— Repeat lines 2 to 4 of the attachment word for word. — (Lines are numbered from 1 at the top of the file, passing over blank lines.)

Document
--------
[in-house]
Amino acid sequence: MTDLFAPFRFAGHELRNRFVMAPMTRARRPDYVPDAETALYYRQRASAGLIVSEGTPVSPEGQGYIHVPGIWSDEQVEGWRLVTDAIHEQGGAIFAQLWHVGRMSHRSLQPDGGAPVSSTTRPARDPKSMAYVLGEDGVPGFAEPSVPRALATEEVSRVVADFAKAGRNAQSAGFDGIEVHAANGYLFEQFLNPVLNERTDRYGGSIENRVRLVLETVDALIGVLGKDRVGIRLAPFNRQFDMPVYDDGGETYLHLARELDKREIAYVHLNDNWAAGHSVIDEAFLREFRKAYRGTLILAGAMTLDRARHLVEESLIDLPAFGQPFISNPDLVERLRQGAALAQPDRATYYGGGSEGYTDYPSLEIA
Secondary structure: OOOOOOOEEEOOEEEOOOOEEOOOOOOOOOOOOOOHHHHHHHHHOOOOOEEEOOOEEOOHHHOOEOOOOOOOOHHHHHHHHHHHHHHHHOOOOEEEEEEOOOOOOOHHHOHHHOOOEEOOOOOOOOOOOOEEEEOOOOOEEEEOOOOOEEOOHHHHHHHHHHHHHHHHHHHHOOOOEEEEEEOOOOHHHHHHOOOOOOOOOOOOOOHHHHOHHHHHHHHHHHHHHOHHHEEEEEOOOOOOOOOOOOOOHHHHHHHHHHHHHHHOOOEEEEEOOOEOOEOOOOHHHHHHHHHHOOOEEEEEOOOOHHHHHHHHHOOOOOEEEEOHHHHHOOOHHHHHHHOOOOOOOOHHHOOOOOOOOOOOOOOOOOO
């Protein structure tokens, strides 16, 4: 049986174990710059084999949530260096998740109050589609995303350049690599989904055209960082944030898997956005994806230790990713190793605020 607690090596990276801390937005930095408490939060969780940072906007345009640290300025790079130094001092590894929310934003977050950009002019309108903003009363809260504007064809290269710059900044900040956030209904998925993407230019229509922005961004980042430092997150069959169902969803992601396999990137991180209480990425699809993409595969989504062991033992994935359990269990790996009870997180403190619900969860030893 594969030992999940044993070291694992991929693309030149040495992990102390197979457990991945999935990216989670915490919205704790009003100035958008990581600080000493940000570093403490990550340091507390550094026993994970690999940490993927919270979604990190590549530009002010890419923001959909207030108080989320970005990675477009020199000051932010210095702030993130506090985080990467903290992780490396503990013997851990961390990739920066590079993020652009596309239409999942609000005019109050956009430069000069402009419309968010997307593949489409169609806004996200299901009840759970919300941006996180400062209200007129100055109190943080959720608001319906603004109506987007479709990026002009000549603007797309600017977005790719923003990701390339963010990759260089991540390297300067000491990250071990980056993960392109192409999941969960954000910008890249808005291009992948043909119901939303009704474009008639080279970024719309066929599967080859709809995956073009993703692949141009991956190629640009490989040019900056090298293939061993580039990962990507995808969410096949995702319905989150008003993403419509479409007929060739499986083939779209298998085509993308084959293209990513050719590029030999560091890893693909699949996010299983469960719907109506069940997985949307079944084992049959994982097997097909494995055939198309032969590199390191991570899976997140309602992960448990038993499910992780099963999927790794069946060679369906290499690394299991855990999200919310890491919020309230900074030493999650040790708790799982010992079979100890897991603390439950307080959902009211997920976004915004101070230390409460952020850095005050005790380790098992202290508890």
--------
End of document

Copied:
Amino acid sequence: MTDLFAPFRFAGHELRNRFVMAPMTRARRPDYVPDAETALYYRQRASAGLIVSEGTPVSPEGQGYIHVPGIWSDEQVEGWRLVTDAIHEQGGAIFAQLWHVGRMSHRSLQPDGGAPVSSTTRPARDPKSMAYVLGEDGVPGFAEPSVPRALATEEVSRVVADFAKAGRNAQSAGFDGIEVHAANGYLFEQFLNPVLNERTDRYGGSIENRVRLVLETVDALIGVLGKDRVGIRLAPFNRQFDMPVYDDGGETYLHLARELDKREIAYVHLNDNWAAGHSVIDEAFLREFRKAYRGTLILAGAMTLDRARHLVEESLIDLPAFGQPFISNPDLVERLRQGAALAQPDRATYYGGGSEGYTDYPSLEIA
Secondary structure: OOOOOOOEEEOOEEEOOOOEEOOOOOOOOOOOOOOHHHHHHHHHOOOOOEEEOOOEEOOHHHOOEOOOOOOOOHHHHHHHHHHHHHHHHOOOOEEEEEEOOOOOOOHHHOHHHOOOEEOOOOOOOOOOOOEEEEOOOOOEEEEOOOOOEEOOHHHHHHHHHHHHHHHHHHHHOOOOEEEEEEOOOOHHHHHHOOOOOOOOOOOOOOHHHHOHHHHHHHHHHHHHHOHHHEEEEEOOOOOOOOOOOOOOHHHHHHHHHHHHHHHOOOEEEEEOOOEOOEOOOOHHHHHHHHHHOOOEEEEEOOOOHHHHHHHHHOOOOOEEEEOHHHHHOOOHHHHHHHOOOOOOOOHHHOOOOOOOOOOOOOOOOOO
């Protein structure tokens, strides 16, 4: 049986174990710059084999949530260096998740109050589609995303350049690599989904055209960082944030898997956005994806230790990713190793605020 607690090596990276801390937005930095408490939060969780940072906007345009640290300025790079130094001092590894929310934003977050950009002019309108903003009363809260504007064809290269710059900044900040956030209904998925993407230019229509922005961004980042430092997150069959169902969803992601396999990137991180209480990425699809993409595969989504062991033992994935359990269990790996009870997180403190619900969860030893 594969030992999940044993070291694992991929693309030149040495992990102390197979457990991945999935990216989670915490919205704790009003100035958008990581600080000493940000570093403490990550340091507390550094026993994970690999940490993927919270979604990190590549530009002010890419923001959909207030108080989320970005990675477009020199000051932010210095702030993130506090985080990467903290992780490396503990013997851990961390990739920066590079993020652009596309239409999942609000005019109050956009430069000069402009419309968010997307593949489409169609806004996200299901009840759970919300941006996180400062209200007129100055109190943080959720608001319906603004109506987007479709990026002009000549603007797309600017977005790719923003990701390339963010990759260089991540390297300067000491990250071990980056993960392109192409999941969960954000910008890249808005291009992948043909119901939303009704474009008639080279970024719309066929599967080859709809995956073009993703692949141009991956190629640009490989040019900056090298293939061993580039990962990507995808969410096949995702319905989150008003993403419509479409007929060739499986083939779209298998085509993308084959293209990513050719590029030999560091890893693909699949996010299983469960719907109506069940997985949307079944084992049959994982097997097909494995055939198309032969590199390191991570899976997140309602992960448990038993499910992780099963999927790794069946060679369906290499690394299991855990999200919310890491919020309230900074030493999650040790708790799982010992079979100890897991603390439950307080959902009211997920976004915004101070230390409460952020850095005050005790380790098992202290508890």